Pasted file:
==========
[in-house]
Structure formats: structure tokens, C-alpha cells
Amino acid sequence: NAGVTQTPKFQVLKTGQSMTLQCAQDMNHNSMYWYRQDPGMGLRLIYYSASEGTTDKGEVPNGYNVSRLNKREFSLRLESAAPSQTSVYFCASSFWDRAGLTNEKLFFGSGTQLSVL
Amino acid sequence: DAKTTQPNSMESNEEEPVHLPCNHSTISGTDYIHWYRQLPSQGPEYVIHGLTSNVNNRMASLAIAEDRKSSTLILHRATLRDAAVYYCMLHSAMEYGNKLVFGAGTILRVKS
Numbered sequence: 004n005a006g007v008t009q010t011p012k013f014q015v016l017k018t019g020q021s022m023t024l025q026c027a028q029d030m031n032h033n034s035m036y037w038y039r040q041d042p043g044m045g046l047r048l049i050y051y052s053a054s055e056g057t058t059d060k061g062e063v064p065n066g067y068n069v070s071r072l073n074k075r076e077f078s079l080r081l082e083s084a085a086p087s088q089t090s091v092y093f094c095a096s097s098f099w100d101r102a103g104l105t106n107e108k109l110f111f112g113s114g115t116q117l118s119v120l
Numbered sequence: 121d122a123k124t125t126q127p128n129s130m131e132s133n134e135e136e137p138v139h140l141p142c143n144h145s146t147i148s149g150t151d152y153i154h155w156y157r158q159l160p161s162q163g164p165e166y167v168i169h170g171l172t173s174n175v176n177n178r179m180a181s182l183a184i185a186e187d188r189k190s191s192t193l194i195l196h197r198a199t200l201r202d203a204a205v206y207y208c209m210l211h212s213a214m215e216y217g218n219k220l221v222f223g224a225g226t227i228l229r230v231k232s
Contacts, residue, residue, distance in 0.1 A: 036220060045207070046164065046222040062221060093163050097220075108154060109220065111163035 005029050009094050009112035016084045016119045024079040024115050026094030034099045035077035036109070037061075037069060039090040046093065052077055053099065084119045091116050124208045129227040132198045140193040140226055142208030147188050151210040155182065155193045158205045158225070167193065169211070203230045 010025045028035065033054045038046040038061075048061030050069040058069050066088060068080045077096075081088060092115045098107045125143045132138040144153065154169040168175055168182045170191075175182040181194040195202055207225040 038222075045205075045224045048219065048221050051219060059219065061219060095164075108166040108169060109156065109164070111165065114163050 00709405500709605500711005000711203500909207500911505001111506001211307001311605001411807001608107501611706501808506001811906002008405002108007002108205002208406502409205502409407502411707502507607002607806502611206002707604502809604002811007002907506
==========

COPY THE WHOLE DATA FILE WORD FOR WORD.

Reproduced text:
[in-house]
Structure formats: structure tokens, C-alpha cells
Amino acid sequence: NAGVTQTPKFQVLKTGQSMTLQCAQDMNHNSMYWYRQDPGMGLRLIYYSASEGTTDKGEVPNGYNVSRLNKREFSLRLESAAPSQTSVYFCASSFWDRAGLTNEKLFFGSGTQLSVL
Amino acid sequence: DAKTTQPNSMESNEEEPVHLPCNHSTISGTDYIHWYRQLPSQGPEYVIHGLTSNVNNRMASLAIAEDRKSSTLILHRATLRDAAVYYCMLHSAMEYGNKLVFGAGTILRVKS
Numbered sequence: 004n005a006g007v008t009q010t011p012k013f014q015v016l017k018t019g020q021s022m023t024l025q026c027a028q029d030m031n032h033n034s035m036y037w038y039r040q041d042p043g044m045g046l047r048l049i050y051y052s053a054s055e056g057t058t059d060k061g062e063v064p065n066g067y068n069v070s071r072l073n074k075r076e077f078s079l080r081l082e083s084a085a086p087s088q089t090s091v092y093f094c095a096s097s098f099w100d101r102a103g104l105t106n107e108k109l110f111f112g113s114g115t116q117l118s119v120l
Numbered sequence: 121d122a123k124t125t126q127p128n129s130m131e132s133n134e135e136e137p138v139h140l141p142c143n144h145s146t147i148s149g150t151d152y153i154h155w156y157r158q159l160p161s162q163g164p165e166y167v168i169h170g171l172t173s174n175v176n177n178r179m180a181s182l183a184i185a186e187d188r189k190s191s192t193l194i195l196h197r198a199t200l201r202d203a204a205v206y207y208c209m210l211h212s213a214m215e216y217g218n219k220l221v222f223g224a225g226t227i228l229r230v231k232s
Contacts, residue, residue, distance in 0.1 A: 036220060045207070046164065046222040062221060093163050097220075108154060109220065111163035 005029050009094050009112035016084045016119045024079040024115050026094030034099045035077035036109070037061075037069060039090040046093065052077055053099065084119045091116050124208045129227040132198045140193040140226055142208030147188050151210040155182065155193045158205045158225070167193065169211070203230045 010025045028035065033054045038046040038061075048061030050069040058069050066088060068080045077096075081088060092115045098107045125143045132138040144153065154169040168175055168182045170191075175182040181194040195202055207225040 038222075045205075045224045048219065048221050051219060059219065061219060095164075108166040108169060109156065109164070111165065114163050 00709405500709605500711005000711203500909207500911505001111506001211307001311605001411807001608107501611706501808506001811906002008405002108007002108205002208406502409205502409407502411707502507607002607806502611206002707604502809604002811007002907506